Example 9.3.4 (Quotient fields). Recall that, given a domain $A$, there is an imbedding $A \to F$ into a field $F$ constructed from $A$ in exactly the same manner that $\mathbf{Q}$ is constructed from $\mathbf{Z}$. Formally the elements of $F$ are (equivalence classes of) fractions $a/b$, $a, b \in A$, $b \not= 0$. As usual $a/b = a'/b'$ if and only if $ab' = ba'$. The field $F$ is called the quotient field, or field of fractions, or fraction field of $A$. The quotient field has the following universal property: given an injective ring map $\varphi : A \to K$ to a field $K$, there is a unique map $\psi : F \to K$ making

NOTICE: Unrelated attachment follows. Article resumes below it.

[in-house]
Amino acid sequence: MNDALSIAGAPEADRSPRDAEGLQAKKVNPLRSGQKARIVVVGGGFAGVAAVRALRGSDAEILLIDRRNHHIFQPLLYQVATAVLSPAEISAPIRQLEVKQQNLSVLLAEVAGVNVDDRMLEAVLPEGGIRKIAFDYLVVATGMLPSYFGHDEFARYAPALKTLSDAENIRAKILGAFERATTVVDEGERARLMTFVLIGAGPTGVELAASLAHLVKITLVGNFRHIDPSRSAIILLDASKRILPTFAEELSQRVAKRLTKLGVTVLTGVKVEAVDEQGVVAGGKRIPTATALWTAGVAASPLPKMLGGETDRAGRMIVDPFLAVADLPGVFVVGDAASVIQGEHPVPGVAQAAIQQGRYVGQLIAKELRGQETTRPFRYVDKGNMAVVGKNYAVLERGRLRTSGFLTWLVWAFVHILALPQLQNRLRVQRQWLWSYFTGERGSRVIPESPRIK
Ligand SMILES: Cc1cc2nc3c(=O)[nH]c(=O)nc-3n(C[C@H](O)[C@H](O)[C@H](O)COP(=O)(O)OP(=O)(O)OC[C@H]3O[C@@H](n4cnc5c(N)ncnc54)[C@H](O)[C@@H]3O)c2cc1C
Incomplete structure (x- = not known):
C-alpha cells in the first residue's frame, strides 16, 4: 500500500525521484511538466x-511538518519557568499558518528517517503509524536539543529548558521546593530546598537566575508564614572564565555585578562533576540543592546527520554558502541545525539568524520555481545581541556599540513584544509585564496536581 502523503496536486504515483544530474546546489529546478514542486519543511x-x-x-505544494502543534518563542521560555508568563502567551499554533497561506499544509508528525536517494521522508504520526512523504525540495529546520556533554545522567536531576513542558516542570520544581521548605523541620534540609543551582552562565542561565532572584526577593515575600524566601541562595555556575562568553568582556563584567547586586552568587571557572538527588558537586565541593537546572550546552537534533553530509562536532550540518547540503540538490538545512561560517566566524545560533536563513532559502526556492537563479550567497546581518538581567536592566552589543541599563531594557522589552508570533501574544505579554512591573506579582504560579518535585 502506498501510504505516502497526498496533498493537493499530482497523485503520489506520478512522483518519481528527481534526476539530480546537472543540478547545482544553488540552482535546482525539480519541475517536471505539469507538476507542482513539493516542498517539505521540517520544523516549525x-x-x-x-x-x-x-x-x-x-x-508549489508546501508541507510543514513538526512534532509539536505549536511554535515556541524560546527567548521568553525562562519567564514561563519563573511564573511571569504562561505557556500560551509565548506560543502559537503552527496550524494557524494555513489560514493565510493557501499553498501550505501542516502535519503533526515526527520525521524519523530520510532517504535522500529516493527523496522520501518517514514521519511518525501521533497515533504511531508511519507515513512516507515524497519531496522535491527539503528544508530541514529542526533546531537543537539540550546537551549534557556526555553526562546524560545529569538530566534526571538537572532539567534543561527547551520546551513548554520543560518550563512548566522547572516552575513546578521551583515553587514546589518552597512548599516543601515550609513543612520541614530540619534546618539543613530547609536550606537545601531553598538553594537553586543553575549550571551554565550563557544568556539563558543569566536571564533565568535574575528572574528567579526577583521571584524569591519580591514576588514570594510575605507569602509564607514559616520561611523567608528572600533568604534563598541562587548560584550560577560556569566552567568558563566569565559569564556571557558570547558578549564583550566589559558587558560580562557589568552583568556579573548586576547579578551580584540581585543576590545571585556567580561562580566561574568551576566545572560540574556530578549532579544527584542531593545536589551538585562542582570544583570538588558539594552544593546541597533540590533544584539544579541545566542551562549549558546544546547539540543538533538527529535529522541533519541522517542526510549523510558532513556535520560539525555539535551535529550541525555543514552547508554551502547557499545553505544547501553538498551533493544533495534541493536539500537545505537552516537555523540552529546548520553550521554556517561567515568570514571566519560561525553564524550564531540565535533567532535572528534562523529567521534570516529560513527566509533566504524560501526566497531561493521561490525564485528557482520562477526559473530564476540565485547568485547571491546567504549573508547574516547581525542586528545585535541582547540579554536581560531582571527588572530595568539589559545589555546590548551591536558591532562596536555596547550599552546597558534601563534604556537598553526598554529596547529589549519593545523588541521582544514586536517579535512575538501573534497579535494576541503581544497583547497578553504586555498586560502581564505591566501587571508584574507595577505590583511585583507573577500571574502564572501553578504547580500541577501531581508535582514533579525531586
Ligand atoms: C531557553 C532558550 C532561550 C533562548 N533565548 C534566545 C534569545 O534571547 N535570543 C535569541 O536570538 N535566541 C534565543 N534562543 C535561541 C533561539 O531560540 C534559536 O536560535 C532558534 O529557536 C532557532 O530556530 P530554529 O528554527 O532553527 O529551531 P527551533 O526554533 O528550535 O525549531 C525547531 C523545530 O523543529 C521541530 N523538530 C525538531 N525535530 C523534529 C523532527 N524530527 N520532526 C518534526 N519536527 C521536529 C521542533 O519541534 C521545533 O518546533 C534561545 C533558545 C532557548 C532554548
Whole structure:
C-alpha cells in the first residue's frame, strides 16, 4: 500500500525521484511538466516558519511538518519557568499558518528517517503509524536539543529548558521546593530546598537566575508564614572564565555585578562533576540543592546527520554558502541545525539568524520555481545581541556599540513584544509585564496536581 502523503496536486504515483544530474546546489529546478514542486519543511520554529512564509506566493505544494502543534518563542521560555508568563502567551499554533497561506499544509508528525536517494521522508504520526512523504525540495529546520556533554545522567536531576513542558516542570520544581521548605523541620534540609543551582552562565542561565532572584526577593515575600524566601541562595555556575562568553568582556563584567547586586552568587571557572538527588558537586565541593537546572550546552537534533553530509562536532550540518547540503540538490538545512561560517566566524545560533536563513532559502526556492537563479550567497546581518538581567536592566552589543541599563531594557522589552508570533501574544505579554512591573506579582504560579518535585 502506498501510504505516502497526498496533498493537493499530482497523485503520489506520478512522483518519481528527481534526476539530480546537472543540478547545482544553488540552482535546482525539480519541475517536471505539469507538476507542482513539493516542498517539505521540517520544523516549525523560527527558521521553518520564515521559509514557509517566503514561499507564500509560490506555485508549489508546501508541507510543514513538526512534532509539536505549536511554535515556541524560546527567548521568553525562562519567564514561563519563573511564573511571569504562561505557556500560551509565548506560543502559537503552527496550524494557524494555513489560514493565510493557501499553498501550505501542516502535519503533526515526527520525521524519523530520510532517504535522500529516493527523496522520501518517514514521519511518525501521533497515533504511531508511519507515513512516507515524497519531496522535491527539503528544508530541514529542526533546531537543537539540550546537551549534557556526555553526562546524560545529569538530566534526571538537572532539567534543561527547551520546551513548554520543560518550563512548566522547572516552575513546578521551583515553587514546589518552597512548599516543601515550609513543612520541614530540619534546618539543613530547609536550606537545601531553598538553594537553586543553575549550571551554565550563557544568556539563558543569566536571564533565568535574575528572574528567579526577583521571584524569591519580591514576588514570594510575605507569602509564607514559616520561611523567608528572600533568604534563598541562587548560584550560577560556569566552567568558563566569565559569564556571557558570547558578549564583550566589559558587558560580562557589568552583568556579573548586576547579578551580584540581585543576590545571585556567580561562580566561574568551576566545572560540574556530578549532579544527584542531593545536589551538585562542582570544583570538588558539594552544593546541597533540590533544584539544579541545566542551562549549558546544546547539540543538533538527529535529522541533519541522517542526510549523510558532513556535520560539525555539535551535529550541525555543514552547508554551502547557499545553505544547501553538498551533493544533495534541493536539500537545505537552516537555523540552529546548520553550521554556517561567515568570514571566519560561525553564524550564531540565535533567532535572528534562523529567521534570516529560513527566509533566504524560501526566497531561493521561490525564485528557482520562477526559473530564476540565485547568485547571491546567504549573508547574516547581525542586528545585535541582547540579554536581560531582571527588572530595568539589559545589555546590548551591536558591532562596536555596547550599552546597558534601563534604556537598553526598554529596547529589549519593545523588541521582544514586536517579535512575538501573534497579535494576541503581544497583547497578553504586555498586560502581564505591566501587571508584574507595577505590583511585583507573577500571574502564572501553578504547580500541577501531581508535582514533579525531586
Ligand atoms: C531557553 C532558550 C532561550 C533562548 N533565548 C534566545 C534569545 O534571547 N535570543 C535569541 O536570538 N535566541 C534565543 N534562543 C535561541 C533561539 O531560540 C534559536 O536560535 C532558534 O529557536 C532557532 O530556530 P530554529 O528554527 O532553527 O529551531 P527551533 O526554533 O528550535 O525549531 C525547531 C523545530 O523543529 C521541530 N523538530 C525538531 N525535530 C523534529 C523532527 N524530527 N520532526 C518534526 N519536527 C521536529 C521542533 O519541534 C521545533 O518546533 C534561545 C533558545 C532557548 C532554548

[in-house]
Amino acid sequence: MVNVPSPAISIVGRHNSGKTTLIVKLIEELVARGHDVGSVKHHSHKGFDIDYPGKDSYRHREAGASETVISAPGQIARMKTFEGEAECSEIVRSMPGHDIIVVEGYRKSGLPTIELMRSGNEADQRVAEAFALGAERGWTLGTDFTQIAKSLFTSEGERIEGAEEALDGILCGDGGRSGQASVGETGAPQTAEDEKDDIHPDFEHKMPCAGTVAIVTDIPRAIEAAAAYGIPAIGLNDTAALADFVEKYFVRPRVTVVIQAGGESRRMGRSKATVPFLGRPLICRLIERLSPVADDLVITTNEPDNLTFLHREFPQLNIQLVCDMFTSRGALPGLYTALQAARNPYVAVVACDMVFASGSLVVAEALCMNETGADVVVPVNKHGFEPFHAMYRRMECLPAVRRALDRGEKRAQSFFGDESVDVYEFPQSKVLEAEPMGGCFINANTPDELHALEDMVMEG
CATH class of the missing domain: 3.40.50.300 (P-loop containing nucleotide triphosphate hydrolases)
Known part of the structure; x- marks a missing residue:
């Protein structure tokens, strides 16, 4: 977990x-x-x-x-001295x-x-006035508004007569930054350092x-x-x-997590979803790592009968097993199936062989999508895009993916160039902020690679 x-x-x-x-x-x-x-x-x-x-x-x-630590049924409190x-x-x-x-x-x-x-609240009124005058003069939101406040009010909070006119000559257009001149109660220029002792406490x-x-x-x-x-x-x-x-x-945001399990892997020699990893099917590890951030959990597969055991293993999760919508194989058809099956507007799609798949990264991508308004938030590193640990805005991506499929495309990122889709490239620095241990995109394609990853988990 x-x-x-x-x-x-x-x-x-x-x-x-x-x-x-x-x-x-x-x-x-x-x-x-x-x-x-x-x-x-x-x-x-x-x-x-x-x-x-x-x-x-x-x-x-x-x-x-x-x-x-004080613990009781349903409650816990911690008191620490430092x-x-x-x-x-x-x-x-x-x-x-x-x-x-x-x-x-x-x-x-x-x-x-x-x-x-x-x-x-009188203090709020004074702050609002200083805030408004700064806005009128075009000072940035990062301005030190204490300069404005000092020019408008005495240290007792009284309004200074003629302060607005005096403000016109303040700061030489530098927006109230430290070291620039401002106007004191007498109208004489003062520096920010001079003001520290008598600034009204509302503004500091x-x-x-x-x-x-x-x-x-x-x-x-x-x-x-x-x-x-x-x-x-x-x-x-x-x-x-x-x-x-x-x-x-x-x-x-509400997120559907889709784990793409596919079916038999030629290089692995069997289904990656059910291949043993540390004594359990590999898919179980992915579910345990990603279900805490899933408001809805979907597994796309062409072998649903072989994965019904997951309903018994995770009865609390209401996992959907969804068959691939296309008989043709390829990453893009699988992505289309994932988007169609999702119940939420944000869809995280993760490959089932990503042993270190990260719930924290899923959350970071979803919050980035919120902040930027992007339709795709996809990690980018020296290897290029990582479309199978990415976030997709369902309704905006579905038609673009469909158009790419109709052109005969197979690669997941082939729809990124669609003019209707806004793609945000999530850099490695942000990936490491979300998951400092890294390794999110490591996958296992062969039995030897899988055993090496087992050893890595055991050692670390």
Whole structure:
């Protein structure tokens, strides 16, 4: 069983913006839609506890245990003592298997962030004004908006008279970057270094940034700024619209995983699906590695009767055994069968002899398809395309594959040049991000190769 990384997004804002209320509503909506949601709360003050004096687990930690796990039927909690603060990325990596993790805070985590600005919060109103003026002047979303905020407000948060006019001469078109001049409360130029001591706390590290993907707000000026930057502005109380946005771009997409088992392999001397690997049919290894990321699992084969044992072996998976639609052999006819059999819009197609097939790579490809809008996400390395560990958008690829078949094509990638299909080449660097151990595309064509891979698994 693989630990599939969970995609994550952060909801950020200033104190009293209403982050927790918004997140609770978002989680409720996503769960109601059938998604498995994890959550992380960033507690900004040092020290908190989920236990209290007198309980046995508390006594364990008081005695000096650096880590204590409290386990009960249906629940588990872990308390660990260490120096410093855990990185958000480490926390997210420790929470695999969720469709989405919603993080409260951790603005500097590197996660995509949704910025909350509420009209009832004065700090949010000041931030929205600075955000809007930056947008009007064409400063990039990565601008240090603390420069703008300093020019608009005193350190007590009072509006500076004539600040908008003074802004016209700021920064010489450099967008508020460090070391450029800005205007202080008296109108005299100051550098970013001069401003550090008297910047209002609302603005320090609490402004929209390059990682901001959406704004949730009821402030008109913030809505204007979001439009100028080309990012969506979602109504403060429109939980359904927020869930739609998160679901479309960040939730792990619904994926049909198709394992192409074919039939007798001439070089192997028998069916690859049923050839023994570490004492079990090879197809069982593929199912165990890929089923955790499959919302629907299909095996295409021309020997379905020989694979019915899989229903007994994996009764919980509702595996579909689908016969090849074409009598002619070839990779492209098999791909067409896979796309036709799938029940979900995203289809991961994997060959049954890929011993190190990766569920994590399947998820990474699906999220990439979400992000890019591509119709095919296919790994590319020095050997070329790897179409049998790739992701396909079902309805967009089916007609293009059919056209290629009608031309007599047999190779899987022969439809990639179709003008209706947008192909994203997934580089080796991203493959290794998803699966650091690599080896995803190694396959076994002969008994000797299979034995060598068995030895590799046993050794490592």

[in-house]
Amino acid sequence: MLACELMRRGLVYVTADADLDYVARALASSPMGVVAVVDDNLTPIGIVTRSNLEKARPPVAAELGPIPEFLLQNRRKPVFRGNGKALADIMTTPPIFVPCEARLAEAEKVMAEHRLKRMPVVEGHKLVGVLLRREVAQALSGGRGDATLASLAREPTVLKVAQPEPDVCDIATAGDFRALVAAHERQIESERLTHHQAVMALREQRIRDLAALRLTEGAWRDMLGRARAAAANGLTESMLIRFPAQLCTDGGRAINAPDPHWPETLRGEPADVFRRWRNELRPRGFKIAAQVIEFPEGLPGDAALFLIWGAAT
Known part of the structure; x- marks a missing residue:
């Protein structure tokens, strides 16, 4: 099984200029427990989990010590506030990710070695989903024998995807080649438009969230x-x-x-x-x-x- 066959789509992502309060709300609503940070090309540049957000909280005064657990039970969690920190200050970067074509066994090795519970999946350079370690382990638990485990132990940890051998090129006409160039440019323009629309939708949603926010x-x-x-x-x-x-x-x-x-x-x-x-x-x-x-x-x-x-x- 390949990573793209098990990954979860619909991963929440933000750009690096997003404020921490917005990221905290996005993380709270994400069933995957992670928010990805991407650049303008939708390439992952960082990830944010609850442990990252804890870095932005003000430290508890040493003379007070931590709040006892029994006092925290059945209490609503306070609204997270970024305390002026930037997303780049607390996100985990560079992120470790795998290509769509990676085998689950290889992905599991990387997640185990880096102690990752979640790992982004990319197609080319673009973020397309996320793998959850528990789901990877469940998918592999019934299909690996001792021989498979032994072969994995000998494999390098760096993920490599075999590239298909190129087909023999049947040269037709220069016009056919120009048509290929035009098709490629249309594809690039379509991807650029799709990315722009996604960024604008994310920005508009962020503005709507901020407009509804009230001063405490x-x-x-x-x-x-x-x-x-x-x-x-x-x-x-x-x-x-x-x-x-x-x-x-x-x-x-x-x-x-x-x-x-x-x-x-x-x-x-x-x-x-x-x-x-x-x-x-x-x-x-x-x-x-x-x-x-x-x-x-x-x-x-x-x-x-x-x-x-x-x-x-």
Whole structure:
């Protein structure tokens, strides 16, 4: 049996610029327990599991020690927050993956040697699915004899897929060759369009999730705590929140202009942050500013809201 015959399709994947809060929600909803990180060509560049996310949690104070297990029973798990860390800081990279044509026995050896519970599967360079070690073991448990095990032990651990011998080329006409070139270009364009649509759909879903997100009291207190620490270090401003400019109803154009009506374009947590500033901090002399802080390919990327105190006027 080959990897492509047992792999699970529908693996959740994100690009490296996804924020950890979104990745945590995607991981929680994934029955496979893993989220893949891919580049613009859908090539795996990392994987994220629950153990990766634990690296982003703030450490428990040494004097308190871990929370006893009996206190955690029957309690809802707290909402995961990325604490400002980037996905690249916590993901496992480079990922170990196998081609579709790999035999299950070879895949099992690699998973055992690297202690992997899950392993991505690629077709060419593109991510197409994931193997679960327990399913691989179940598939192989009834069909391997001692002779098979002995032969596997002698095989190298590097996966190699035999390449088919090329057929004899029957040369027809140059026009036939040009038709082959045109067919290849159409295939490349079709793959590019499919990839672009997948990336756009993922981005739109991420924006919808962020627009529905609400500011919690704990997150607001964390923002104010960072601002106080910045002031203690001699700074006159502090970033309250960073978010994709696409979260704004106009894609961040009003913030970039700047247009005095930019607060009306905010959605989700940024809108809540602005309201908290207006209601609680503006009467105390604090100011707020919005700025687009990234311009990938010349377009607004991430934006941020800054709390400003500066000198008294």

$\xymatrix{ F \ar[r]_\psi & K \\ A \ar[u] \ar[ru]_\varphi }$

commute. Indeed, it is clear how to define such a map: we set $\psi (a/b) = \varphi (a)\varphi (b)^{-1}$ where injectivity of $\varphi$ assures that $\varphi (b) \not= 0$ if $b \not= 0$.

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